A lengthy first set concluded with “Queer Bird”, another tune from the “August” album and one that Rayner has also performed and recorded with the Chris Hodgkins Quartet, a group that also includes McLoughlin. With its bebop flavourings and tips of the hat in the directions of Charlie Parker, Thelonious Monk and Charles Mingus this was the most obviously orthodox ‘jazz’ piece of the night. Lodder’s feature was a potted history of jazz piano and included some Monk-ish allusions as he shared the solos with McLoughlin on tenor, Cartwright on guitar and finally Birch at the drums as an excellent first half drew to an energetic close.
It took Rayner some time to quieten the audience down after the break, conversation was clearly king in this close knit corner of Mid Wales. One or two people even carried on chatting after the music had started, something I’ve not previously noticed at Brecon Jazz Club and something that I hope I don’t see repeated.
A shorter second set began with the title track from “A Magic Life” which began in ruminative fashion with the rich, low sound of Rayner’s bowed bass combining effectively with the higher registers of McLoughlin’s soprano sax. Despite the reflective start the mood was ultimately celebratory with Rayner’s melodies displaying a Celtic influence in honour of her maternal ancestry and acting as the framework for exultant solos from McLoughlin, Lodder and Cartwright plus a pithy drum feature from Birch. Towards the close Rayner picked up the bow again for a final restatement of the theme.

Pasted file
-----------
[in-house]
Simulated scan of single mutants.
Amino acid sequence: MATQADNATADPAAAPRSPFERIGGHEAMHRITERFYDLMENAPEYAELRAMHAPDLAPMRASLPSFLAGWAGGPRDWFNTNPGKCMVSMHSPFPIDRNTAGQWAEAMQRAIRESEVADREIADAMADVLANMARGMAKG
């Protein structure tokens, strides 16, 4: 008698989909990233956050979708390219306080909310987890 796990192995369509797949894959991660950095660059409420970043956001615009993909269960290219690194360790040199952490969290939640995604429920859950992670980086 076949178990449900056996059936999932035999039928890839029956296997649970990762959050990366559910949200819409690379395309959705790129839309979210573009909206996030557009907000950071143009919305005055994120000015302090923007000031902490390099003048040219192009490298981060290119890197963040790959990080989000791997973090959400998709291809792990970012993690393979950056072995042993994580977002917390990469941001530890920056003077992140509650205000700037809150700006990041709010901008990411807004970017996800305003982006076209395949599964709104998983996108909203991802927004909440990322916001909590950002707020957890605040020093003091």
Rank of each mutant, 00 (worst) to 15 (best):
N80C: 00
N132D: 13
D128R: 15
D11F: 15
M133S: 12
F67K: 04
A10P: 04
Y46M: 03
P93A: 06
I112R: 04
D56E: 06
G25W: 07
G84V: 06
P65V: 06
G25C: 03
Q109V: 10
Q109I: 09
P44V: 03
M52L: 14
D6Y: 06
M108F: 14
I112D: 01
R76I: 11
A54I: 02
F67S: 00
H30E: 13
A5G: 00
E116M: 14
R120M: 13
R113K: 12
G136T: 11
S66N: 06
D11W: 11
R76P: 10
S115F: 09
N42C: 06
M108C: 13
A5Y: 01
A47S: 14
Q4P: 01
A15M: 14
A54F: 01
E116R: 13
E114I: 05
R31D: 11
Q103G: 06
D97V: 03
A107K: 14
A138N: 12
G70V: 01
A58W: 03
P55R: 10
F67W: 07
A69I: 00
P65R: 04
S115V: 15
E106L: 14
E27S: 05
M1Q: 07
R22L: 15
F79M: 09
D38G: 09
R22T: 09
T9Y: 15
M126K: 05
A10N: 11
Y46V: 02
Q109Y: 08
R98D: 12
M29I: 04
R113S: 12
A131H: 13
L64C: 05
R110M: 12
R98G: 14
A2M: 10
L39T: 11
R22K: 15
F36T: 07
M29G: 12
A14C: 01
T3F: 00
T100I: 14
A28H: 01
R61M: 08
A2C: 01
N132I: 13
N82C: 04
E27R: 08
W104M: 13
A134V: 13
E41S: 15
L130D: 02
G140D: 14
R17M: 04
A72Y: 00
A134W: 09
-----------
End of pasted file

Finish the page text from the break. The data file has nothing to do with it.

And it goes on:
From the same album came the brief “Friday’s Child”, a delightful dedication to Rayner’s late mother, the title derived from the children’s nursery rhyme. This was another piece to feature Rayner’s melodic pizzicato bass playing with Lodder’s piano lyricism, McLoughlin’s warm toned tenor and Birch’s deft and subtle brushwork also worthy of praise.
Lodder’s three part “The OK Chorale” is the longest piece on the “Magic Life” album and is an ambitious piece of writing that combines a variety of jazz styles. Here the linked sections formed the basis for fluent solos from Cartwright on guitar, McLoughlin on tenor, Birch at the drums and Lodder himself on the closing chorale.